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Federal appeals court reinstates ban on lobstering in Gulf of Maine

Federal appeals court reinstates ban on lobstering in Gulf of Maine
Maine lobstermen Mark Rand, left, and Dick Mancini prepare to heave a crate of lobsters lifted off from their boat to be unloaded into lobster tanks at New Meadows Lobster Pound in Portland, Maine. File Photo by Lee K. Marriner/UPI | License Photo

Nov. 17 (UPI) -- In an effort to protect endangered whales, a federal appeals court reinstated a ban on traditional lobster fishing on a nearly 1,000-square-mile stretch of the Gulf of Maine on Wednesday.

The move comes after federal fisheries officials released a new set of restrictions on Main's iconic lobster fishery earlier this year, including state-specific gear marking and weak points in rope to allow whales to break free.

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The law won't go into effect until May, after an October-to-January season closure requiring fishermen to remove their gear on Oct. 18.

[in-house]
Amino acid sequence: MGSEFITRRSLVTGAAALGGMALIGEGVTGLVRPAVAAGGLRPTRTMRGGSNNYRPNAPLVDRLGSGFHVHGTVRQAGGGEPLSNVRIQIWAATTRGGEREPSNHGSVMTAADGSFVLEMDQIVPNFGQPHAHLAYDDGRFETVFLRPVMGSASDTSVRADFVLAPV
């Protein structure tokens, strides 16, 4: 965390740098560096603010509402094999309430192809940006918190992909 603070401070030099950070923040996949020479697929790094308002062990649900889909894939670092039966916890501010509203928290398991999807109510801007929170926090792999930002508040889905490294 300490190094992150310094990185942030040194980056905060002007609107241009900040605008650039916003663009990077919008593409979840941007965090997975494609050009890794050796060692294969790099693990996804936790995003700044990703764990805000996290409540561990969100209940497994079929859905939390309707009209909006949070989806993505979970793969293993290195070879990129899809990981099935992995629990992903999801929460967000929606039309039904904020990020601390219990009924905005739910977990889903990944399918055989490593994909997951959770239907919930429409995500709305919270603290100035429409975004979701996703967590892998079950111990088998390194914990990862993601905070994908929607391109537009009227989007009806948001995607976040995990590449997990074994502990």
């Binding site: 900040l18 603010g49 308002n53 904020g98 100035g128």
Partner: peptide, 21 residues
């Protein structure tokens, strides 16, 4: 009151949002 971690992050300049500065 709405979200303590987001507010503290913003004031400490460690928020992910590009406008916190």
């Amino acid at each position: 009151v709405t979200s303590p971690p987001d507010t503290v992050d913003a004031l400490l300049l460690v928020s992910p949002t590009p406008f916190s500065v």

The Maine Lobstering Union fought the decision, and U.S. District Judge Lance E. Walker temporarily halted the closure until details and science behind the decision could be thoroughly checked.

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In turn, the national marine Fisheries Service and conservationists appealed the decision in the U.S. District Court in Bangor, stating that the whale population declined by 30 in just one year. The motion was denied, and the group sought an appeal from the U.S. Court of Appeal for the First Circuit in Boston.

The court ruled that the district court didn't have the jurisdiction to reject the judgment of the Fisheries Service, which has been charged by Congress to protect endangered animals.

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"The First Circuit's decision affirms that the best available science and the law demand action now," Conservation Law Foundation Attorney Erica Fuller said in a statement. "Right whales can't wait for the perfect empirical data Judge Walker sought."

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The Maine Lobstering Union plans to continue to fight the ban.

There are fewer than 336 North Atlantic right whales remaining, many of which are vulnerable to getting entangled in fishing gear and are killed in ship strikes.

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